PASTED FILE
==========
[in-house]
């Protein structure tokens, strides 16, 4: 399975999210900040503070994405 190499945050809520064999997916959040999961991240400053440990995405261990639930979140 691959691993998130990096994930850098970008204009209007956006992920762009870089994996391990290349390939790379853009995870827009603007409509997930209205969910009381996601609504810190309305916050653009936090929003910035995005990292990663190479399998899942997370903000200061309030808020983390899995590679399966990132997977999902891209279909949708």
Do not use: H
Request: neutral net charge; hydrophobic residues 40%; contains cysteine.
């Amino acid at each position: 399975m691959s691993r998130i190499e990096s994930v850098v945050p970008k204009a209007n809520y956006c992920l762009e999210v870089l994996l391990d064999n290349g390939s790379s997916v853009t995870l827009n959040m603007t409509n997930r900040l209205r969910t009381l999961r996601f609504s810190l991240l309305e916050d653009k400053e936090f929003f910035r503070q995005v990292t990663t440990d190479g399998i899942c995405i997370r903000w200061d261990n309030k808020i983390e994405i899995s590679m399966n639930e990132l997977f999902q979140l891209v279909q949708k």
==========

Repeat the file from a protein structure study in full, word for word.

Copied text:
[in-house]
């Protein structure tokens, strides 16, 4: 399975999210900040503070994405 190499945050809520064999997916959040999961991240400053440990995405261990639930979140 691959691993998130990096994930850098970008204009209007956006992920762009870089994996391990290349390939790379853009995870827009603007409509997930209205969910009381996601609504810190309305916050653009936090929003910035995005990292990663190479399998899942997370903000200061309030808020983390899995590679399966990132997977999902891209279909949708």
Do not use: H
Request: neutral net charge; hydrophobic residues 40%; contains cysteine.
């Amino acid at each position: 399975m691959s691993r998130i190499e990096s994930v850098v945050p970008k204009a209007n809520y956006c992920l762009e999210v870089l994996l391990d064999n290349g390939s790379s997916v853009t995870l827009n959040m603007t409509n997930r900040l209205r969910t009381l999961r996601f609504s810190l991240l309305e916050d653009k400053e936090f929003f910035r503070q995005v990292t990663t440990d190479g399998i899942c995405i997370r903000w200061d261990n309030k808020i983390e994405i899995s590679m399966n639930e990132l997977f999902q979140l891209v279909q949708k």